I’ve gone through ELO’s ‘Out of the Blue’, and am halfway through Elton John’s Greatest Hits, before I realised that these are both bands she introduced me to, and played on the stereo from my earliest memory. I’m back at my flat after 3 days staying with my sister in the Krayshott suburb of Tangleton – it made the logistics of shuttling back and forth from North Tangle Hospital much easier. I’ll be back up there later this evening – as the night owl of the family I suppose it makes sense I take the evening shift, sitting with her in the Oncology Ward.
I knew there was something horribly wrong last Wednesday at 5.25, when the security guard at work phoned upstairs to tell me my father was here to give me a lift. Generally my father is of the opinion that as a grown adult with a degree and well-paid job I should be able to sort out my own work transport.
In the car he told me that the “couple of years” we thought my mother might have left, with treatment, had shrunk now to 3 or 4 weeks.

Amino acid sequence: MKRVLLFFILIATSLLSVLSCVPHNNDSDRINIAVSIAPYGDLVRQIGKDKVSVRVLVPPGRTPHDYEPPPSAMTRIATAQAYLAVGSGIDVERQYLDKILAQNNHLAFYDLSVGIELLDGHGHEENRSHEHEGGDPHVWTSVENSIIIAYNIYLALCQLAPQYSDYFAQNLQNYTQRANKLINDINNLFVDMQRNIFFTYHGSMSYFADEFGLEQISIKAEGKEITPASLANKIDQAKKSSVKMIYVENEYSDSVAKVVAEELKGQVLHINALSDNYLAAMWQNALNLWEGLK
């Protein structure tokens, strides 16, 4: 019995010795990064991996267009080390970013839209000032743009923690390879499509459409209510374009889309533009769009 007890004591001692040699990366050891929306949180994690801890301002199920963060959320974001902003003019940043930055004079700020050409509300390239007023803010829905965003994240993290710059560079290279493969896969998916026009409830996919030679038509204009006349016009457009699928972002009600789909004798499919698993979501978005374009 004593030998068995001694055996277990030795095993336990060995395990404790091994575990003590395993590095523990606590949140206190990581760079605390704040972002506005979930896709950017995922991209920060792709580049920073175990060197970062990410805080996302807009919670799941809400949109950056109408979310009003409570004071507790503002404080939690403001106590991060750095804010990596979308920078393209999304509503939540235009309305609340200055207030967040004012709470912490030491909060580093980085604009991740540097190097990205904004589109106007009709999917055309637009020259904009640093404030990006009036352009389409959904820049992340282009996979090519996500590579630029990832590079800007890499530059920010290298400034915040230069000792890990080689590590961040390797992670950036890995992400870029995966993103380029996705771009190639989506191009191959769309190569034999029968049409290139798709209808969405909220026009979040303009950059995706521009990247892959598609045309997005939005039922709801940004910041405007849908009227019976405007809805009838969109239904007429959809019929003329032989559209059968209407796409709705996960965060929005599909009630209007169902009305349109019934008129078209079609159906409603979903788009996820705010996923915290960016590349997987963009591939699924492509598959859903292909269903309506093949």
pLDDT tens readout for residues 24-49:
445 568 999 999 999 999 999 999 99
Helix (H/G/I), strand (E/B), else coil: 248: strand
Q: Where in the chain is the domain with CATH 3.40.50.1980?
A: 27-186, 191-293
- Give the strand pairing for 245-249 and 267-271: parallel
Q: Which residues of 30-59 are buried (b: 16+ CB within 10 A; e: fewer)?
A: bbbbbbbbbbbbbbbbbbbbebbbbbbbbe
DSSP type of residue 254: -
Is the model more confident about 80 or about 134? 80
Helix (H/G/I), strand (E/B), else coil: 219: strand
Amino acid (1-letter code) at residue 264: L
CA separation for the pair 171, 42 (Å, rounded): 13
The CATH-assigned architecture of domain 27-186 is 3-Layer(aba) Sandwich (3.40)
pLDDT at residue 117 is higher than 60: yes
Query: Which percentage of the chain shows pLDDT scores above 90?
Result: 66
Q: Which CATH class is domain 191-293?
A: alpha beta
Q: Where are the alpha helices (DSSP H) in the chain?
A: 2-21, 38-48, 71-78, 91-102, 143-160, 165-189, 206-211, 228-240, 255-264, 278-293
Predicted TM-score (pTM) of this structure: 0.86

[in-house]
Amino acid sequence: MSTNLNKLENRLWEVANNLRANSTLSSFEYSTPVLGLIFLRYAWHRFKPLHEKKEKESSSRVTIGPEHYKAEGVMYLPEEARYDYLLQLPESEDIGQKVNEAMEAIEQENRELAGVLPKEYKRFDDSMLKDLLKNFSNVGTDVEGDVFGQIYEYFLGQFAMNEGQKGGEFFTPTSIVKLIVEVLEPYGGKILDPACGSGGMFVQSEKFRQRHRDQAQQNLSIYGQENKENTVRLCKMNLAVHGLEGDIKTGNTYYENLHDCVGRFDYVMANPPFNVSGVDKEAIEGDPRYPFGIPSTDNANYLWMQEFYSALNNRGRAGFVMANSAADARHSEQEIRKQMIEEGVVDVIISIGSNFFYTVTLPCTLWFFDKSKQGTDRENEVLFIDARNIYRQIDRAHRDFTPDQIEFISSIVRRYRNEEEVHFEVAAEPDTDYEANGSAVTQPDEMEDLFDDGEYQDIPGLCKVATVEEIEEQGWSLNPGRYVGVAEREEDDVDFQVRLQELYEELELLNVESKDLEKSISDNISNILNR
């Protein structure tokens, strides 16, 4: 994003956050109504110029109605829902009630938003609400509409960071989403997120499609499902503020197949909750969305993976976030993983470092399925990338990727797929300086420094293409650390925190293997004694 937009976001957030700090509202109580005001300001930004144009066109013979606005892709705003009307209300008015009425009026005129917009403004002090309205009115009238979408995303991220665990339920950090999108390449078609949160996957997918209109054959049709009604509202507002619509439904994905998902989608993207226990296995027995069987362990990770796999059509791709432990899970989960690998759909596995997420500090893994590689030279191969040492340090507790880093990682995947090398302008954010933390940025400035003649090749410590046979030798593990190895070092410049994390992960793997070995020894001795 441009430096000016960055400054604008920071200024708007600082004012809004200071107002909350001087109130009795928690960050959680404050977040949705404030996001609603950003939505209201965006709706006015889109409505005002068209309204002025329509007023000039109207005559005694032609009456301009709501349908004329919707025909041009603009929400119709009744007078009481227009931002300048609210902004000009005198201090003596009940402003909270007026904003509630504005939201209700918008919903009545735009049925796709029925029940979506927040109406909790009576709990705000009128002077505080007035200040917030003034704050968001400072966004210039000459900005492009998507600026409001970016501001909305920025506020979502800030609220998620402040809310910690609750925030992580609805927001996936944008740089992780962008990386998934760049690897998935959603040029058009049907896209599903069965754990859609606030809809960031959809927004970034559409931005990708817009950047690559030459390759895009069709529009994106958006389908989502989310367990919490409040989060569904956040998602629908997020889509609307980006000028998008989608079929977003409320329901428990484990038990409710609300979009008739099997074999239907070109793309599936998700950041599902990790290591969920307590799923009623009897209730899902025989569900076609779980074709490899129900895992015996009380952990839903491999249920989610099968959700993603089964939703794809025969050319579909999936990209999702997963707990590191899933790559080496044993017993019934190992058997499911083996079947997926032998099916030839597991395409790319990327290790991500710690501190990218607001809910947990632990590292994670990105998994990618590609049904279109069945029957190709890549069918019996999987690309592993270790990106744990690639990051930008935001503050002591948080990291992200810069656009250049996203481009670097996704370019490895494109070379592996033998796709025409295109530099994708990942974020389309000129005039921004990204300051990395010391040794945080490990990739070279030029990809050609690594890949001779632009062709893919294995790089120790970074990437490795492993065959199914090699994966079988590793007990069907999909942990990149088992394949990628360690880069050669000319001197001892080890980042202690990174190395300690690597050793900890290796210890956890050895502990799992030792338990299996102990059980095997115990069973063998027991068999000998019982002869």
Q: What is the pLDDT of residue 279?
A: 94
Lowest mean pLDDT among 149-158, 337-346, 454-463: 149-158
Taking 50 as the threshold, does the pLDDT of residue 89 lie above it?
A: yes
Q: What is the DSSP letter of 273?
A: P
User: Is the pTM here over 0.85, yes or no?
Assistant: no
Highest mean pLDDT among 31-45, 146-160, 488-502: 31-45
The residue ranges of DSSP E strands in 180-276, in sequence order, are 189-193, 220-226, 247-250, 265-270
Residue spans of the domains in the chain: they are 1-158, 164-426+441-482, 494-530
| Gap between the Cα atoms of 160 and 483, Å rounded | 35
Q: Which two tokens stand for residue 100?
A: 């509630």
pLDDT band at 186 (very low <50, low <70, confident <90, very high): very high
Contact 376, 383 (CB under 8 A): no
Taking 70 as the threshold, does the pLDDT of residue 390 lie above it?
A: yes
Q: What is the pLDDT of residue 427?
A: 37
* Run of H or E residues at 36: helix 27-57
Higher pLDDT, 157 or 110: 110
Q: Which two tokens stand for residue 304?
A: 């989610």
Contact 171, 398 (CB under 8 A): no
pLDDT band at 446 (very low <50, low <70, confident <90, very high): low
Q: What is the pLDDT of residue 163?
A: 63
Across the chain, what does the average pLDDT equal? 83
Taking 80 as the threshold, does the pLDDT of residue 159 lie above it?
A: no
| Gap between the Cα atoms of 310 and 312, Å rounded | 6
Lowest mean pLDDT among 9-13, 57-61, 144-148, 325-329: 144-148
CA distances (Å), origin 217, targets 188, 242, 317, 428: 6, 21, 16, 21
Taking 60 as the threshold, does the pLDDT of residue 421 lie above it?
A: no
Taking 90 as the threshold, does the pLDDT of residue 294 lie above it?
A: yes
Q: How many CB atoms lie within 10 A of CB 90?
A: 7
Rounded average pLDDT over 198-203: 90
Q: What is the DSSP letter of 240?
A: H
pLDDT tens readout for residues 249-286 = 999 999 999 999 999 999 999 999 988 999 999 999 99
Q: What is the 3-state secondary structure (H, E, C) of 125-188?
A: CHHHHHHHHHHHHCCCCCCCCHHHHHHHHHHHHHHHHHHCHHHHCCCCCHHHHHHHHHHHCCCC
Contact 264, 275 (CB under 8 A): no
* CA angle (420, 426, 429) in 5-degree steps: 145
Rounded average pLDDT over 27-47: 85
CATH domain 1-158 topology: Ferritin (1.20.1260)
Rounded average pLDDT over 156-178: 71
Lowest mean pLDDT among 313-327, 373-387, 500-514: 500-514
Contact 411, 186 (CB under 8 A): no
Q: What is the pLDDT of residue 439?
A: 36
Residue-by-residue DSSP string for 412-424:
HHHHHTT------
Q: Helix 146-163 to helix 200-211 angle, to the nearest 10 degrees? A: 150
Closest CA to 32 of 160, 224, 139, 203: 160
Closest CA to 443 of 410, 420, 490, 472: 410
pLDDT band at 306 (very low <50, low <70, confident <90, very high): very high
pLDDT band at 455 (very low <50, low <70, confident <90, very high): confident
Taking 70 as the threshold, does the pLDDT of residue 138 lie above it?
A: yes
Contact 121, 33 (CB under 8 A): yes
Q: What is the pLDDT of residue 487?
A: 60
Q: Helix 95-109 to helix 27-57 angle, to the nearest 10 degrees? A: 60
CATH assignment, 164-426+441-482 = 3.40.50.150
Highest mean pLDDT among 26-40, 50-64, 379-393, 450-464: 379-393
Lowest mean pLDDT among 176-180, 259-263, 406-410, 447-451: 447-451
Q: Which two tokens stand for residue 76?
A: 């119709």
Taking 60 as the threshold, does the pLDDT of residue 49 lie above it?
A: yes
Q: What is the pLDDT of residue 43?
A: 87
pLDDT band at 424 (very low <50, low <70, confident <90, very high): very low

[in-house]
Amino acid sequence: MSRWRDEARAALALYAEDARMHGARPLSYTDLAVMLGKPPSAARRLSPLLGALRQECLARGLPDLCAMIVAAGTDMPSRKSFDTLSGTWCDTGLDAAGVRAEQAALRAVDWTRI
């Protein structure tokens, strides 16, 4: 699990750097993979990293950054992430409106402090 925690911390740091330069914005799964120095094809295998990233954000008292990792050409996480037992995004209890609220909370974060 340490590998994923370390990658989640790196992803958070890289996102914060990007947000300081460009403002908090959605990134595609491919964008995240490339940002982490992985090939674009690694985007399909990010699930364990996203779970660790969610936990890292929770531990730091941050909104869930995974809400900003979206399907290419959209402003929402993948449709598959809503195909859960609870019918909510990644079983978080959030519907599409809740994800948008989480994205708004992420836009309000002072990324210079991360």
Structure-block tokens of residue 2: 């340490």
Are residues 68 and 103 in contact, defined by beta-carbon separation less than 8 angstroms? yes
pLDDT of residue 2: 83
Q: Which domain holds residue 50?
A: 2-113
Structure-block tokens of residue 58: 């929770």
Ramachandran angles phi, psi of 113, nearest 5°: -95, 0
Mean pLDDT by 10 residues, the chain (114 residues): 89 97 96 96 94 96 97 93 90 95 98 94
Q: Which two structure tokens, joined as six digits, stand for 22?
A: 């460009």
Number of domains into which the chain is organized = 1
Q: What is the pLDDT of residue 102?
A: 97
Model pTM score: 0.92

Since that moment we’ve existed in an odd bubble, like insects caught in sap. The world goes on around us, muted. Sometimes it becomes louder, like a car with a loud bass stereo, driving past.
Then it’s gone again.
And we live and plan hour by hour. My sister is lining up every childcare favour she has ever been owed (quite a few). We buy boxed Ribena drinks by the gross, as it’s what she’ll drink. I wipe sweat from her neck and dribble from her mouth. The nurses at the hospital know she doesn’t have long, so visiting-time rules are suspended. We can show up at any time with as many people we want for as long as we want. We’re allowed to label a sherry bottle with her name and bring it in with a finely-cut sherry glass from home, so she can have a snifter with her partially-touched dinner.
What damage can it do, now?
And we wait. And wait.